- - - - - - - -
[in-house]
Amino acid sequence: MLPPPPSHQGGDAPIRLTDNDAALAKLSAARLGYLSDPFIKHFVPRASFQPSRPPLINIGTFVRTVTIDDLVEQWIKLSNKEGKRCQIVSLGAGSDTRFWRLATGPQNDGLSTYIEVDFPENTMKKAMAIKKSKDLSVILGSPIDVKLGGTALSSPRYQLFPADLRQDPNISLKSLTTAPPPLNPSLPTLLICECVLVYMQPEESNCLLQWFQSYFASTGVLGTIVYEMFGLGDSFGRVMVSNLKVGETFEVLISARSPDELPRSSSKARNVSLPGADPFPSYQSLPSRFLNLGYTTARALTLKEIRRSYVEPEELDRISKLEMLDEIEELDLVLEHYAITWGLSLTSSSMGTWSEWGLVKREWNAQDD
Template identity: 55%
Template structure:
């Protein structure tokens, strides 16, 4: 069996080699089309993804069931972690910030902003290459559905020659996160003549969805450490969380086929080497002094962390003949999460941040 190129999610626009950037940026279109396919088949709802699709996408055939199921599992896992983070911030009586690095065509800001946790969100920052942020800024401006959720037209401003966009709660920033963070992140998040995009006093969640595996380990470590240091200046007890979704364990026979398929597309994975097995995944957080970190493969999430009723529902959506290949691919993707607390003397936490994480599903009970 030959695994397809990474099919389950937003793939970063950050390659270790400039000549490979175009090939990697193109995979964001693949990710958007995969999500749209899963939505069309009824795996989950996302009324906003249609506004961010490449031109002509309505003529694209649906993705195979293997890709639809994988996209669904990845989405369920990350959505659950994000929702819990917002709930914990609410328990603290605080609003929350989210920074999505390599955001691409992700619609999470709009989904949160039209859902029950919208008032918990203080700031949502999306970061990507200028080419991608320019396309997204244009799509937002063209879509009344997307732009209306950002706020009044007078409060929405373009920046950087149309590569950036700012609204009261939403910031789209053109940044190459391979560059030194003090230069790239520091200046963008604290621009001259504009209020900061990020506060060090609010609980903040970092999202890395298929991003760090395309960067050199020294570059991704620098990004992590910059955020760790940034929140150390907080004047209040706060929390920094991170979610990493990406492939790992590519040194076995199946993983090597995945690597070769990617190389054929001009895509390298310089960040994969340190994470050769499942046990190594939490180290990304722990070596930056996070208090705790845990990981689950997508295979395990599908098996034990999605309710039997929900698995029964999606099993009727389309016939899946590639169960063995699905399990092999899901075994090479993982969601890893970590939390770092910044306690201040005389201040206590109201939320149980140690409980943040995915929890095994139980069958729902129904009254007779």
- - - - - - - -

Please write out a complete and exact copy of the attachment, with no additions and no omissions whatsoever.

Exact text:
[in-house]
Amino acid sequence: MLPPPPSHQGGDAPIRLTDNDAALAKLSAARLGYLSDPFIKHFVPRASFQPSRPPLINIGTFVRTVTIDDLVEQWIKLSNKEGKRCQIVSLGAGSDTRFWRLATGPQNDGLSTYIEVDFPENTMKKAMAIKKSKDLSVILGSPIDVKLGGTALSSPRYQLFPADLRQDPNISLKSLTTAPPPLNPSLPTLLICECVLVYMQPEESNCLLQWFQSYFASTGVLGTIVYEMFGLGDSFGRVMVSNLKVGETFEVLISARSPDELPRSSSKARNVSLPGADPFPSYQSLPSRFLNLGYTTARALTLKEIRRSYVEPEELDRISKLEMLDEIEELDLVLEHYAITWGLSLTSSSMGTWSEWGLVKREWNAQDD
Template identity: 55%
Template structure:
């Protein structure tokens, strides 16, 4: 069996080699089309993804069931972690910030902003290459559905020659996160003549969805450490969380086929080497002094962390003949999460941040 190129999610626009950037940026279109396919088949709802699709996408055939199921599992896992983070911030009586690095065509800001946790969100920052942020800024401006959720037209401003966009709660920033963070992140998040995009006093969640595996380990470590240091200046007890979704364990026979398929597309994975097995995944957080970190493969999430009723529902959506290949691919993707607390003397936490994480599903009970 030959695994397809990474099919389950937003793939970063950050390659270790400039000549490979175009090939990697193109995979964001693949990710958007995969999500749209899963939505069309009824795996989950996302009324906003249609506004961010490449031109002509309505003529694209649906993705195979293997890709639809994988996209669904990845989405369920990350959505659950994000929702819990917002709930914990609410328990603290605080609003929350989210920074999505390599955001691409992700619609999470709009989904949160039209859902029950919208008032918990203080700031949502999306970061990507200028080419991608320019396309997204244009799509937002063209879509009344997307732009209306950002706020009044007078409060929405373009920046950087149309590569950036700012609204009261939403910031789209053109940044190459391979560059030194003090230069790239520091200046963008604290621009001259504009209020900061990020506060060090609010609980903040970092999202890395298929991003760090395309960067050199020294570059991704620098990004992590910059955020760790940034929140150390907080004047209040706060929390920094991170979610990493990406492939790992590519040194076995199946993983090597995945690597070769990617190389054929001009895509390298310089960040994969340190994470050769499942046990190594939490180290990304722990070596930056996070208090705790845990990981689950997508295979395990599908098996034990999605309710039997929900698995029964999606099993009727389309016939899946590639169960063995699905399990092999899901075994090479993982969601890893970590939390770092910044306690201040005389201040206590109201939320149980140690409980943040995915929890095994139980069958729902129904009254007779």